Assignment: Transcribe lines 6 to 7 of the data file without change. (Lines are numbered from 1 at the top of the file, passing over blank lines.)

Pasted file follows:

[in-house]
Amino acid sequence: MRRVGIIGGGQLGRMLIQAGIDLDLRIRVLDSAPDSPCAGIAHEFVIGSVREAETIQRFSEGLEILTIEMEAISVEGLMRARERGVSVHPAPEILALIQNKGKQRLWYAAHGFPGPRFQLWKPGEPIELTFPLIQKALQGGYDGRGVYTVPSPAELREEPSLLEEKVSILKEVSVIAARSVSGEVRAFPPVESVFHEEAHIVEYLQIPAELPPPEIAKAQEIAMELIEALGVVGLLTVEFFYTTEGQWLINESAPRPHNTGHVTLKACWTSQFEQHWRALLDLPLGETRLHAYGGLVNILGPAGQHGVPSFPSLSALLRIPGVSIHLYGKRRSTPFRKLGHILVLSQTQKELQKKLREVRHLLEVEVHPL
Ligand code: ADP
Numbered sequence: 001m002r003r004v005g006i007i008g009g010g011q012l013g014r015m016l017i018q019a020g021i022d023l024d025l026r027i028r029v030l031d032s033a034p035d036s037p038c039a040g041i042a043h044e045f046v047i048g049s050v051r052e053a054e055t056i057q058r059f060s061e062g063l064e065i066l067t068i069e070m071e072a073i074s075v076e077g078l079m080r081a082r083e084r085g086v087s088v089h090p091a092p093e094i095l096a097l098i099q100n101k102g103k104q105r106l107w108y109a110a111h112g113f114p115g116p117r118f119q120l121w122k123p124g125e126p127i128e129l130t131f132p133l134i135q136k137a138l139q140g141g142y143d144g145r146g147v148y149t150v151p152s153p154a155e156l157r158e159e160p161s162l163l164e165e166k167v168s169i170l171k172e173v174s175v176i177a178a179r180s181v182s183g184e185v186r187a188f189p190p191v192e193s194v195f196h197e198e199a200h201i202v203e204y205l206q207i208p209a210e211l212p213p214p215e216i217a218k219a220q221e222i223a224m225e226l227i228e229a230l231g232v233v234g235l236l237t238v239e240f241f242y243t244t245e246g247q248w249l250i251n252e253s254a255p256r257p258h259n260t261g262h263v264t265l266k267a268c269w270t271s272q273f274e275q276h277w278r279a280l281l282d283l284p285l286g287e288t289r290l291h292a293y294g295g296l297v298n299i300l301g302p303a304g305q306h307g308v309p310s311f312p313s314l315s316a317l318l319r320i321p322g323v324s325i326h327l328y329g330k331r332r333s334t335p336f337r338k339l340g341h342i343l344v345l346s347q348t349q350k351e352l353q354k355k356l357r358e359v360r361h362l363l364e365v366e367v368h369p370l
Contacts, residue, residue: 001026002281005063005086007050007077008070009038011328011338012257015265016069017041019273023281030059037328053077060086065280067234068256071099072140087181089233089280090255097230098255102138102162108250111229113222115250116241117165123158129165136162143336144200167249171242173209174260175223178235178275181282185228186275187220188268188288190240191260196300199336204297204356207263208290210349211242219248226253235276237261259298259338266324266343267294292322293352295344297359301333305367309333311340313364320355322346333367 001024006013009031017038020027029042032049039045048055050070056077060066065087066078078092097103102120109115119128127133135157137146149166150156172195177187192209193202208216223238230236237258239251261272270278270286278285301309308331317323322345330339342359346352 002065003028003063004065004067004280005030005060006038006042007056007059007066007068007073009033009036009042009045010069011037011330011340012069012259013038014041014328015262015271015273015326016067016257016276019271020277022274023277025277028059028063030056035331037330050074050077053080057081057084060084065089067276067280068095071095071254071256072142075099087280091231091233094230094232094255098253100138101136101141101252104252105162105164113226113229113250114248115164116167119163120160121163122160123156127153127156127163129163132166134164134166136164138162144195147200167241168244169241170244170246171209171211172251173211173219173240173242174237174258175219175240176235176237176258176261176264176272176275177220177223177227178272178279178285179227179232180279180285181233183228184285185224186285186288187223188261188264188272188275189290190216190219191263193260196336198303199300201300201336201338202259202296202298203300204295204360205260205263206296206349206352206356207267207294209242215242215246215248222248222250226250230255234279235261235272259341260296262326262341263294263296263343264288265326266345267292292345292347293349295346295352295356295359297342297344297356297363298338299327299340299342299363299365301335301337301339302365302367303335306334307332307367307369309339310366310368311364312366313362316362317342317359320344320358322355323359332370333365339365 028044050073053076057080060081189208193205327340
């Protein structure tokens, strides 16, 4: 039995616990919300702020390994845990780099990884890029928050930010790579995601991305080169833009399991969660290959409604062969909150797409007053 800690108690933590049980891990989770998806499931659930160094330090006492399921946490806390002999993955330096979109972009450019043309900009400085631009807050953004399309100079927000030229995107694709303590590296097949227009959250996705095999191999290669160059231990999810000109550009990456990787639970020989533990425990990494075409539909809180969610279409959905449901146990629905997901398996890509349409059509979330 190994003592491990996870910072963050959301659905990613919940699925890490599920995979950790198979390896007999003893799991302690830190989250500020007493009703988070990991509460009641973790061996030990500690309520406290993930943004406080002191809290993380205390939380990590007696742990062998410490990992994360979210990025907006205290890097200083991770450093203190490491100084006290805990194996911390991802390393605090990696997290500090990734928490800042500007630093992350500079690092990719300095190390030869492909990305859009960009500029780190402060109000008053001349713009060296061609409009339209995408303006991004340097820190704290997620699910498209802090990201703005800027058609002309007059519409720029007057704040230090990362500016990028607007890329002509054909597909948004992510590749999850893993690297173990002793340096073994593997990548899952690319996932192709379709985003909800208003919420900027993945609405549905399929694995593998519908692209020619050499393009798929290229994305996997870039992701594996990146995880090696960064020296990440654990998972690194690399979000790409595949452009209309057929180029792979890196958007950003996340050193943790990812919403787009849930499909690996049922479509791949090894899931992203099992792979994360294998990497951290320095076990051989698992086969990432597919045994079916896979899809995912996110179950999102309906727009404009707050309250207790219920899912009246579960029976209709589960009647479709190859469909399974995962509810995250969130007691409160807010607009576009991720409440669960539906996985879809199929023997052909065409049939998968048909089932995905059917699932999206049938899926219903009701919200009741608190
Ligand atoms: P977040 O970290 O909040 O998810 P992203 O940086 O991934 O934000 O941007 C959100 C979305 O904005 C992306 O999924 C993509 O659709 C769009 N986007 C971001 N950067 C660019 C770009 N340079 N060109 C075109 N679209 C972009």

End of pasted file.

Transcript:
């Protein structure tokens, strides 16, 4: 039995616990919300702020390994845990780099990884890029928050930010790579995601991305080169833009399991969660290959409604062969909150797409007053 800690108690933590049980891990989770998806499931659930160094330090006492399921946490806390002999993955330096979109972009450019043309900009400085631009807050953004399309100079927000030229995107694709303590590296097949227009959250996705095999191999290669160059231990999810000109550009990456990787639970020989533990425990990494075409539909809180969610279409959905449901146990629905997901398996890509349409059509979330 190994003592491990996870910072963050959301659905990613919940699925890490599920995979950790198979390896007999003893799991302690830190989250500020007493009703988070990991509460009641973790061996030990500690309520406290993930943004406080002191809290993380205390939380990590007696742990062998410490990992994360979210990025907006205290890097200083991770450093203190490491100084006290805990194996911390991802390393605090990696997290500090990734928490800042500007630093992350500079690092990719300095190390030869492909990305859009960009500029780190402060109000008053001349713009060296061609409009339209995408303006991004340097820190704290997620699910498209802090990201703005800027058609002309007059519409720029007057704040230090990362500016990028607007890329002509054909597909948004992510590749999850893993690297173990002793340096073994593997990548899952690319996932192709379709985003909800208003919420900027993945609405549905399929694995593998519908692209020619050499393009798929290229994305996997870039992701594996990146995880090696960064020296990440654990998972690194690399979000790409595949452009209309057929180029792979890196958007950003996340050193943790990812919403787009849930499909690996049922479509791949090894899931992203099992792979994360294998990497951290320095076990051989698992086969990432597919045994079916896979899809995912996110179950999102309906727009404009707050309250207790219920899912009246579960029976209709589960009647479709190859469909399974995962509810995250969130007691409160807010607009576009991720409440669960539906996985879809199929023997052909065409049939998968048909089932995905059917699932999206049938899926219903009701919200009741608190
Ligand atoms: P977040 O970290 O909040 O998810 P992203 O940086 O991934 O934000 O941007 C959100 C979305 O904005 C992306 O999924 C993509 O659709 C769009 N986007 C971001 N950067 C660019 C770009 N340079 N060109 C075109 N679209 C972009």